Letting out your home so you can rent elsewhere is a growing trend in the UK. How does it work, and what are the benefits?
A property agent recently observed a growing number of renters who already own and let property elsewhere. This is the phenomenon known as ‘let to rent’. Though homeowners have been letting to rent for some time, the trend is growing.
How let to rent works
You might have heard the more familiar term ‘let to buy’. Letting to buy entails buying a new property for occupation, but letting out your old home rather than selling it.
In a let-to-rent scenario, there is no onward purchase. Instead of buying a new home, you rent one.
There are a number of reasons you might do this. Moving costs and difficulty in finding mortgage finance are big factors. And many homeowners move for work, sabbaticals, their child’s schooling or even just to try living in an area before they commit to buying.
Considering let to rent? Here’s what to bear in mind
Finance will of course be an issue. Some let-to-rent landlords are content if their property pays for itself, but others will want to turn a profit. This is particularly true if they move to a more expensive area.
Whether you ask your existing lender for ‘consent to let’ or refinance to a buy-to-let mortgage, the rental income will need to cover your mortgage repayments. The usual threshold is 25% above the repayment amount, using an interest ‘stress rate’ of around 5% per annum. But lenders are beginning to tighten their rental calculation thresholds, so the figures may be higher.
Remember also that your rental income is taxable.
You can claim tax relief for any costs you incur in managing and letting your property. But you cannot offset the rent you pay yourself or any moving costs, such as letting agency fees.
At present, you can also offset the mortgage repayments you make on the property you let, but in April 2017, this system will begin to change.
Landlord tax is a complicated area, so be sure to discuss your options with a tax advisor.
Landlord and tenant law
An area even more complicated than landlord tax is landlord law. Property rental is the subject of dozens of Acts of Parliament and centuries of case law.
Central to this are rights that your tenant will have, irrespective of what is in the tenancy agreement. As long as they live there, your property is your tenant’s home, and they have the right to quiet enjoyment of it. The law also protects them from illegal eviction.
Inexperienced landlords may prefer to instruct a letting agent to manage their property for them. If you do this, ensure that the agent has accreditation from a professional body such as the Association of Residential Letting Agents (ARLA).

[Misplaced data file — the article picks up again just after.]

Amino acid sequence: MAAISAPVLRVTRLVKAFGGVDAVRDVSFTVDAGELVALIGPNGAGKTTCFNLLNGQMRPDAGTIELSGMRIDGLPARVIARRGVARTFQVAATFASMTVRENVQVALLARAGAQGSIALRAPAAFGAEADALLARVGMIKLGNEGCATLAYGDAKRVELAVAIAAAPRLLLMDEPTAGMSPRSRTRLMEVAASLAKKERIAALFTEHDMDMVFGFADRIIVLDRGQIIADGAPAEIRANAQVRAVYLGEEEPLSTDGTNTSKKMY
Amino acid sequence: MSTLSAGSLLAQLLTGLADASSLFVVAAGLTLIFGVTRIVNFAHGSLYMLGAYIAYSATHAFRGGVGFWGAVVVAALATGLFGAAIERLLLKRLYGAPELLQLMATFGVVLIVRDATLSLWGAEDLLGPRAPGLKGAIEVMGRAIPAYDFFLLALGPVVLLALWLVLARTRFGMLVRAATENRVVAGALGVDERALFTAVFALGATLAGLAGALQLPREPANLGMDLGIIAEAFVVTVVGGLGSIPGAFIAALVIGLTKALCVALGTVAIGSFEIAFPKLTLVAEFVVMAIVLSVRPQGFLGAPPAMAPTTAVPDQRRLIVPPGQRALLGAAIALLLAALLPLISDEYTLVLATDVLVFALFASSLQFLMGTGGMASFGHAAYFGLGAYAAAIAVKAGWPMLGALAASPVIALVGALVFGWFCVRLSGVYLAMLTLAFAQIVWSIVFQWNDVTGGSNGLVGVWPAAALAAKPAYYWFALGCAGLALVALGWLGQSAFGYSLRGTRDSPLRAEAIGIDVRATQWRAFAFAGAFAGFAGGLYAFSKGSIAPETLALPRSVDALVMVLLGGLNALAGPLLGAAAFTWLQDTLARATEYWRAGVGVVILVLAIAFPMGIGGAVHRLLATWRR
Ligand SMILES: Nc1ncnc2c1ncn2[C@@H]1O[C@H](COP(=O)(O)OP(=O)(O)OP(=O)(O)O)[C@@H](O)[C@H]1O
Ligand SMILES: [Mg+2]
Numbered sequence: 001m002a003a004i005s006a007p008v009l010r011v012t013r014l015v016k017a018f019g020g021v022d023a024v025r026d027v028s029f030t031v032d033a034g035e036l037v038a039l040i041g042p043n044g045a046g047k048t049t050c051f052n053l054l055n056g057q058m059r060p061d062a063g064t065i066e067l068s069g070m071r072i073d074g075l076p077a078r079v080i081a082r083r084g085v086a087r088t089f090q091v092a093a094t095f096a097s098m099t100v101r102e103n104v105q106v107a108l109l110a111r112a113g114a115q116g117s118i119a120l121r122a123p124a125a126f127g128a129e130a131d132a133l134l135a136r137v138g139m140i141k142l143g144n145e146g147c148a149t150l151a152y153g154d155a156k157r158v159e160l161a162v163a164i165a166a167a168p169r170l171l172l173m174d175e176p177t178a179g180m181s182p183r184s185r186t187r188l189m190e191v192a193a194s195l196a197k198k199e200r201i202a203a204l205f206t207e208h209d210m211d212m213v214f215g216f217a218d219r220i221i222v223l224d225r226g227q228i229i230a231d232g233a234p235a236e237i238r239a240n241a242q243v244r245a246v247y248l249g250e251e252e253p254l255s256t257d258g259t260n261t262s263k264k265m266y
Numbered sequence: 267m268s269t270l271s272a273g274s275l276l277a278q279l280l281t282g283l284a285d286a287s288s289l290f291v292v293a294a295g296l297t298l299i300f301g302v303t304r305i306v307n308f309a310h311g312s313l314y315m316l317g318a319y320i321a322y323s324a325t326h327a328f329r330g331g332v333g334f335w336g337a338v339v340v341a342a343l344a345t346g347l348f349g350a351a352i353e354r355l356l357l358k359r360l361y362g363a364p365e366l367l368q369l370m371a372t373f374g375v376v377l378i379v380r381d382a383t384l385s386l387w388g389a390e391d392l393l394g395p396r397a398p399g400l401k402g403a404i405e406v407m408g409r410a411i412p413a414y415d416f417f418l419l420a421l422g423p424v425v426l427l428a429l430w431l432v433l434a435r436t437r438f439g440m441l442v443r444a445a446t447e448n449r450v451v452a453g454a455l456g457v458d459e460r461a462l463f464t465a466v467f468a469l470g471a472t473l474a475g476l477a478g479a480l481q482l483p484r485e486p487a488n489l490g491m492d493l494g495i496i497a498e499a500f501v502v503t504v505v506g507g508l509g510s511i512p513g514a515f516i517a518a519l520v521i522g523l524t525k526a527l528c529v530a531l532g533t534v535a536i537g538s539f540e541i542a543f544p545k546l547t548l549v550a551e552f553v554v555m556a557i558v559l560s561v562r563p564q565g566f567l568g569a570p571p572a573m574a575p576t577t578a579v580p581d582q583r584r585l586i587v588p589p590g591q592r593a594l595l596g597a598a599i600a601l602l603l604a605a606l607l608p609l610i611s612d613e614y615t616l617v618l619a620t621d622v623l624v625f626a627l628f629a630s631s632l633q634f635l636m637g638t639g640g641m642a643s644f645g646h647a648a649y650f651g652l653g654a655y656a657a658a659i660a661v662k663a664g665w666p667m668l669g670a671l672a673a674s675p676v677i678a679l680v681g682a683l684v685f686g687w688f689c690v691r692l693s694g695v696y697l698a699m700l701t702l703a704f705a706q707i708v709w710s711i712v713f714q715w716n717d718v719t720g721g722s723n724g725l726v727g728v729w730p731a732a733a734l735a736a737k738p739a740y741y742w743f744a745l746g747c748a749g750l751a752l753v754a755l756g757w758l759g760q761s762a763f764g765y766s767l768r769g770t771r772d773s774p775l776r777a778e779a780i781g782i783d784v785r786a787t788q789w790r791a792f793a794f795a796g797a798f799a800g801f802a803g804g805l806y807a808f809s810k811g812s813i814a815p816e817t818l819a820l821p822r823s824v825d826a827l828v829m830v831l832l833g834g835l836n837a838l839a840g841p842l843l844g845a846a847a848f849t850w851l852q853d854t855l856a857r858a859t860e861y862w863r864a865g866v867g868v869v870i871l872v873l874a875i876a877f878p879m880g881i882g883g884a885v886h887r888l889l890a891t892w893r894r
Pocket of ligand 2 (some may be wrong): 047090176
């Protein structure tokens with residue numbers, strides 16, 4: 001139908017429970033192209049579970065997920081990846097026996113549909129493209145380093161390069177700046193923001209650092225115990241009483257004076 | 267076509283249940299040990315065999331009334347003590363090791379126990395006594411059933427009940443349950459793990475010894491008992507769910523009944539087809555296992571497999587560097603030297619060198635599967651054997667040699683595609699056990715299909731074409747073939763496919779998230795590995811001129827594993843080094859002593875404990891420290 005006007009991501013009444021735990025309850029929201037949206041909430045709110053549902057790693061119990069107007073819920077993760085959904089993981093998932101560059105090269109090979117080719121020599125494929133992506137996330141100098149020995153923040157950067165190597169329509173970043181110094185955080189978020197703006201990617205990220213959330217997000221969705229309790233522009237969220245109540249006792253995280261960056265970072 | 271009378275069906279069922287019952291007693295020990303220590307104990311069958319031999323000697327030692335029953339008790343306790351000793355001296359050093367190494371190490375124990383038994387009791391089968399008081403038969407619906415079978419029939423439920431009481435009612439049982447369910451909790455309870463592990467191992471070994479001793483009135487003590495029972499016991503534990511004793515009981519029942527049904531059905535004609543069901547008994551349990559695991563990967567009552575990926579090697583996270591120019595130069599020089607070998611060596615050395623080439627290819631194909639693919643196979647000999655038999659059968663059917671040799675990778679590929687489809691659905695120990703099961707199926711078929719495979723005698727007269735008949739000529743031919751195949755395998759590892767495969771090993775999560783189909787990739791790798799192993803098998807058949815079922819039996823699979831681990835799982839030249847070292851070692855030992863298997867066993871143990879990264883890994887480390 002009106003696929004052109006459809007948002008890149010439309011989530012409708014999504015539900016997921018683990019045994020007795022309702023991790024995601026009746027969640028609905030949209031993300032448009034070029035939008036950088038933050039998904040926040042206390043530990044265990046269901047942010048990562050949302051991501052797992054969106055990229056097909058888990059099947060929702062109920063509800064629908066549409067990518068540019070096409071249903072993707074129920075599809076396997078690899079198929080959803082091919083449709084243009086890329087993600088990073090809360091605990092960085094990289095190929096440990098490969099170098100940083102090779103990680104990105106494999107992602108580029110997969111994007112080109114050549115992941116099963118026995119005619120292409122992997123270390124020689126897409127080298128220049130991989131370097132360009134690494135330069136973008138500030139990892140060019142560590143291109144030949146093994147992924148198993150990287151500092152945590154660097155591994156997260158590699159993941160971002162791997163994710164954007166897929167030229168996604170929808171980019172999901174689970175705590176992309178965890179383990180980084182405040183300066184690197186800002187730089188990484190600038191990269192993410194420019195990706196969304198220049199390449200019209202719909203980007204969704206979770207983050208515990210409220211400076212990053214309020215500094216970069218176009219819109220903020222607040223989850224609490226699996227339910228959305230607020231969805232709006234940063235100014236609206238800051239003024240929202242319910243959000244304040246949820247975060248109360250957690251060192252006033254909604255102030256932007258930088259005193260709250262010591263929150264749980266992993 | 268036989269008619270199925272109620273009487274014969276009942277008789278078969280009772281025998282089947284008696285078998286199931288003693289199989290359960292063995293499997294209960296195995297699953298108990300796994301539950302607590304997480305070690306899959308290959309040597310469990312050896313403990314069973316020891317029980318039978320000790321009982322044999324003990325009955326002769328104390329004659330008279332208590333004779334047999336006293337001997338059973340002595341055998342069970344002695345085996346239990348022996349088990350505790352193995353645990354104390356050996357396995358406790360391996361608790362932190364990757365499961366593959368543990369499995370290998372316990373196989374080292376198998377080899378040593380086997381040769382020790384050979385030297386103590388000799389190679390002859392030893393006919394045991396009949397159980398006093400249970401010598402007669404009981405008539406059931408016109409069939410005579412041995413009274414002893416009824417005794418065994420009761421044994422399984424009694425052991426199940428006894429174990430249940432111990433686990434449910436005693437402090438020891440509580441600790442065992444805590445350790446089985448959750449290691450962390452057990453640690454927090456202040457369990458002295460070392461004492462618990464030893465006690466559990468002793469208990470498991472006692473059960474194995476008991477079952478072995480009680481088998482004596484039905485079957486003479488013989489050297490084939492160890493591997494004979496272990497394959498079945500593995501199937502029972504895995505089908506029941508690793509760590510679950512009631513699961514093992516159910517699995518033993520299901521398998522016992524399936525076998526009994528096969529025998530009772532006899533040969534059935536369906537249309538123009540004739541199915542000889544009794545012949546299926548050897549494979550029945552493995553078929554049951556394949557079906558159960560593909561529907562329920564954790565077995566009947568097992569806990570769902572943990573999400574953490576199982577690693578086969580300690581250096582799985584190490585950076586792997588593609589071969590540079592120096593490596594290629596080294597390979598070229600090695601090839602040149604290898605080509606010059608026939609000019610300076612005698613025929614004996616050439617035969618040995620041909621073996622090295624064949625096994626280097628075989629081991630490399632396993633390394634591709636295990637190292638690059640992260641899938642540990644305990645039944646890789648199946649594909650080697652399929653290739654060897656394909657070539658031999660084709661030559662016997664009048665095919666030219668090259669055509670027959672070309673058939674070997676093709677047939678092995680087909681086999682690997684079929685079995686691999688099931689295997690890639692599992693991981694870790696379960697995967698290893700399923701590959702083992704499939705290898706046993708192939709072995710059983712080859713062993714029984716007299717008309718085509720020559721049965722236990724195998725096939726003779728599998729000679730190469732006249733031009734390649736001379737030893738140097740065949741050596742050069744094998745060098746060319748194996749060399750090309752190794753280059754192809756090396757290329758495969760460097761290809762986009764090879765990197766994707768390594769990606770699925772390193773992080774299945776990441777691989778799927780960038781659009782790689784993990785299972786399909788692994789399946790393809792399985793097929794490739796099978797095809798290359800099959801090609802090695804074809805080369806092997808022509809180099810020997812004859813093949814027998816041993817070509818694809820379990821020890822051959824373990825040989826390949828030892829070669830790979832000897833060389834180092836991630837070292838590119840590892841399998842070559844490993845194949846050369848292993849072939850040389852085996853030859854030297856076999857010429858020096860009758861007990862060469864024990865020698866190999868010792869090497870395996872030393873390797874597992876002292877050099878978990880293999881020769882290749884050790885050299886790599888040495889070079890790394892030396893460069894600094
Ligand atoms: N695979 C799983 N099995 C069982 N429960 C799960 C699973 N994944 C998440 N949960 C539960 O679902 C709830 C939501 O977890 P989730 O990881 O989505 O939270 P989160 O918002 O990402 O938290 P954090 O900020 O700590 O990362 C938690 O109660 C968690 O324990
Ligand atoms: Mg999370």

Your property’s suitability
Homeowners and renters don’t always want the same things. Indeed, it is quite possible that you live in an area without much of a rental market, or that your property is unsuitable for most local tenants.
Your property’s rental valuation will reflect this. But it is something you should consider before you start down the let-to-rent route.
Also consider that tenants are paying for a service as well as a place to live. You might be able to put up with the faulty thermostat or the wasp’s nest in the fuse box, but issues such as this could bring down the rental value of your property. Glaring problems can even make your property unfit for habitation.
What are your options for finance?
Residential mortgage agreements prohibit letting out the property without the lender’s permission. Since the financial crisis, lenders have been fastidious about enforcing this rule.
So if you wish to let out your property you have two options. You can ask your lender for consent to let, or you can refinance to a buy-to-let mortgage contract.
Consent to let
Consent to let does not involve changing your mortgage agreement. This can be useful if repaying your mortgage would cause you to incur early repayment charges, though your lender could still charge a consent-to-let fee. They are also likely to increase the interest rate you pay.
Furthermore, consent to let tends only to be temporary, and may not be suitable for longer let-to-rent arrangements. And of course, there is always the chance that your lender might refuse outright.
If you wish for a longer-term or permanent change, a buy-to-let remortgage may be more suitable. This will involve repaying your existing mortgage in full and taking out a new one with some quite different features.
This option will not be appropriate if you don’t have a lot of equity in your property. Buy-to-let mortgages need a deposit of at least 15% of the property value, but it can still be difficult to find deals with deposits of less than 25%. Clients in the best position have deposits or equity worth 40% or more.
Your buy-to-let mortgage is likely to be more expensive than your old mortgage. If you have a limited budget, it is even more important that your property fetches as consistent and healthy a rent as possible.
Buy-to-let lender criteria for let-to-rent clients
Let to rent is a niche arrangement that not all buy-to-let lenders will consider.
Over two thirds of the lenders we deal with consider let-to-buy applications, where the applicant rents out their old property and buys a new one. But only a handful of specialist lenders will consider cases where there is no onward purchase.
These lenders will look at the whole situation, including the reason for the client’s decision to rent rather than buy. The application might involve more extensive underwriting than normal.
Due to the rarity of let-to-rent finance, you may wish to speak to a professional buy-to-let mortgage advisor about how best to proceed.